At the onset of the pandemic, many financial institutions offered credit accommodations, such as short-term deferrals and other loan modifications, to borrowers in response to the significant adverse impact caused by COVID-19. As these initial deferral periods reach their end, the Federal Financial Institutions Examinations Council (the “FFIEC”), which is comprised of the CFPB, the FDIC, the Federal Reserve, the NCUA, and the OCC, has issued a Joint Statement on Additional Loan Accommodations Related to COVID-19 (the “Joint Statement”) to provide principles for financial institutions to consider when working with borrowers on loan accommodations.
Generally, the Joint Statement encourages financial institutions to work with borrowers affected by the pandemic and states that the FFIEC will not criticize any prudent credit risk mitigation. The principles outlined in the Joint Statement apply to commercial and retail loan accommodations and are consistent with the Interagency Guidelines Establishing Standards for Safety and Soundness. Also, the principles are intended to be tailored to the financial institution based on size, complexity, loan portfolio risk profile, and the industry and business focus of its customers. The Joint Statement, which can be found here, includes the following principles for banks to consider.
I. Prudent Risk Management Practices
The Joint Statement encourages financial institutions to employ prudent risk management practices while taking steps to support borrowers, including identifying, measuring, and monitoring credit risk of loans receiving accommodations and utilizing risk ratings or grades for loans and making appropriate accrual status decisions on loans taken out as a result of the pandemic.
When executing accommodations, the Joint Statement encourages financial institutions to take steps to provide clear, accurate, and timely information to borrowers and guarantors regarding the accommodation.
II. Well-Structured and Sustainable Accommodations
For customers experiencing ongoing challenges after an accommodation, the Joint Statement encourages banks to consider well-designed and consistently applied accommodation options to minimize losses to the financial institution. Additional accommodation options, accompanied by prudent risk management practices, can help customers resume structured, affordable, and sustainable repayment of amounts contractually due over a reasonable timeframe.
The Joint Statement provides that it is generally appropriate for financial institution to assess each loan based upon the fundamental risk characteristics affecting the collectability of that particular credit.
III. Consumer Protection
The Joint Statement also encourages financial institutions to provide customers with available options for repaying missed payments at the end of any accommodation to avoid delinquencies or other adverse consequences. When appropriate, financial institutions are also encouraged to provide customers with options for modifying the terms of the credit product to support sustainable and affordable payments for the long term. The Joint Statement recommends the following approaches to risk management as effective for protecting consumers:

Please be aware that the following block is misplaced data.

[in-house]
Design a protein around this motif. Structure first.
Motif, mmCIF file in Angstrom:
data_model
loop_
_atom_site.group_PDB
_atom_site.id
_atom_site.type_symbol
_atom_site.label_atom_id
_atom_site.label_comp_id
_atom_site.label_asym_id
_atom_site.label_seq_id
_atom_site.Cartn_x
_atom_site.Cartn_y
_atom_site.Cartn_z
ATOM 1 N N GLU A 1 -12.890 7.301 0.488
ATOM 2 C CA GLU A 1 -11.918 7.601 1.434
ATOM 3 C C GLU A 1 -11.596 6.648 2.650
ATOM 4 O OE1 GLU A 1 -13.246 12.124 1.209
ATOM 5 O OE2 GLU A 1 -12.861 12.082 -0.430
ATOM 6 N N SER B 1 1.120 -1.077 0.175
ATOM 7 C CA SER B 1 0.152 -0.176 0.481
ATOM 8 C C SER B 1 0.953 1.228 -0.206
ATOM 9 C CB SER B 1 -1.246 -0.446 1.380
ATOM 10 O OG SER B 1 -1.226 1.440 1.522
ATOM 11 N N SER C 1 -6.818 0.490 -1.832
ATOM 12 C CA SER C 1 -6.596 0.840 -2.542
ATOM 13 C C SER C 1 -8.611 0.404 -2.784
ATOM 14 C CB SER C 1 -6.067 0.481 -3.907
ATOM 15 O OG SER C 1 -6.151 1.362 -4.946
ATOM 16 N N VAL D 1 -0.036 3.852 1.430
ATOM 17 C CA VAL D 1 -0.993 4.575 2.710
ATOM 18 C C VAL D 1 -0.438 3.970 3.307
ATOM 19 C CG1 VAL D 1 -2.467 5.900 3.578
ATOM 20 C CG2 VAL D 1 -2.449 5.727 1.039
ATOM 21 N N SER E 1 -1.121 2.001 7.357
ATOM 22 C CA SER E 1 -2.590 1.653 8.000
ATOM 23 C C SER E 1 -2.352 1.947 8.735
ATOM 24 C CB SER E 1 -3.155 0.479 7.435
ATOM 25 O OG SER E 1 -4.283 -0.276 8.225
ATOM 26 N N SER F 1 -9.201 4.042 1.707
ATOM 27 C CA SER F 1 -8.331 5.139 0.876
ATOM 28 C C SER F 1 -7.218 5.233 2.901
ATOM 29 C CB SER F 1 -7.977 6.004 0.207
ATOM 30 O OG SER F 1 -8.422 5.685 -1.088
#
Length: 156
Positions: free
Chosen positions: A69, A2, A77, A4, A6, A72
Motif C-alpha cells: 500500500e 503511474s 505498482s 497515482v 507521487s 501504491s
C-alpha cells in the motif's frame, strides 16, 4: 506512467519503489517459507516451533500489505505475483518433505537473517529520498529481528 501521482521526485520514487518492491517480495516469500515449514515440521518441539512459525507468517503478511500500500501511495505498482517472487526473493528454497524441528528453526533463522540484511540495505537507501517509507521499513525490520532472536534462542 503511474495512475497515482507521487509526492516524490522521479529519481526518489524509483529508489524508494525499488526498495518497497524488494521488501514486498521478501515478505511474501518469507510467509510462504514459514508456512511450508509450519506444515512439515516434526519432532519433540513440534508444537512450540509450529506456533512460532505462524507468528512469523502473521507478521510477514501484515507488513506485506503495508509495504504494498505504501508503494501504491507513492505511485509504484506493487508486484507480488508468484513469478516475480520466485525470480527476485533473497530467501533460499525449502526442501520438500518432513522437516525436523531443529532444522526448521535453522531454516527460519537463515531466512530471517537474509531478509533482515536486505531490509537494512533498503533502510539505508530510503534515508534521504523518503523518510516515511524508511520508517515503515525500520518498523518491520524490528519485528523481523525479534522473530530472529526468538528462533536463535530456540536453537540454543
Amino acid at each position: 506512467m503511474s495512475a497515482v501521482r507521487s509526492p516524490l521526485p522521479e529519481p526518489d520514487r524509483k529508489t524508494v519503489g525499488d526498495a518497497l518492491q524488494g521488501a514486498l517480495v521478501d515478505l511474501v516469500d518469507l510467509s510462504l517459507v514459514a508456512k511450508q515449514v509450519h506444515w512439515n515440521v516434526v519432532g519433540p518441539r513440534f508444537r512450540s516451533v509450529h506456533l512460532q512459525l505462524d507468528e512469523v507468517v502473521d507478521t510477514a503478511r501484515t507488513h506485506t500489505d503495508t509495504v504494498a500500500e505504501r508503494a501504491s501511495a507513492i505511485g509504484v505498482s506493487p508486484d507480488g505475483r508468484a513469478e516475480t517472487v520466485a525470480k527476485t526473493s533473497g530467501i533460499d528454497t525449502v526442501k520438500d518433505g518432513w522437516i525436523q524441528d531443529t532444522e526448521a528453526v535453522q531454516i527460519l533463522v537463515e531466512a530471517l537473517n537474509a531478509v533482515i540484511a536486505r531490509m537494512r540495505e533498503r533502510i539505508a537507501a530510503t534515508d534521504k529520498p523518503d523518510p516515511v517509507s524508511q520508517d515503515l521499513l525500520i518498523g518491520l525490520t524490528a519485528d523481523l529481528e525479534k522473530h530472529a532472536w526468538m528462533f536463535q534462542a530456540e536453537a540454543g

- Providing affordable and sustainable additional accommodation options;
- Providing clear, conspicuous, and accurate communications and disclosures of the available options;
- Providing communications and disclosures in a timely manner to allow adequate time for the borrower and financial institution to consider next steps;
- Basing eligibility and payment terms on consistent analyses of borrowers’ financial condition and reasonable capacity to repay;
- Ensuring policies and procedures reflect accommodation options offered by the financial institution and promote consistency with applicable laws and regulations;
- Providing appropriate training to employees responsible for compliance and operational procedures related to any additional accommodation options;
- Ensuring that risk monitoring, audit, and consumer complaint systems are adequate to evaluate compliance with applicable laws, regulations, policies, and procedures; and
- Providing complete and accurate information to borrowers and subsequent servicers during loan transfers and ensuring post-transfer servicing is consistent with the agreement with the borrower and the borrower’s status at the time of transfer.
Accounting and Regulatory Reporting
The Joint Statement also addresses issues related to accounting and regulatory reporting. Financial institutions should follow applicable accounting and regulatory reporting requirements for loan modifications in accordance with GAAP. Also, if a financial institution elected to account for a loan modification under Section 4013 of the CARES Act (“Temporary Relief from Troubled Debt Restructurings”), an additional loan modification could also be eligible under Section 4013.
If a financial institution does not elect to account for a loan modification under Section 4013 or a loan modification is not eligible under Section 4013, the Joint Statement provides that additional modifications should be viewed cumulatively in determining whether the additional modification is a TDR.
Internal Control Systems
Finally, the Joint Statement provides that financial institutions should maintain internal control systems that cover each stage of a loan accommodation, including quality assurance, credit risk review, operational and compliance risk management, and internal audit functions.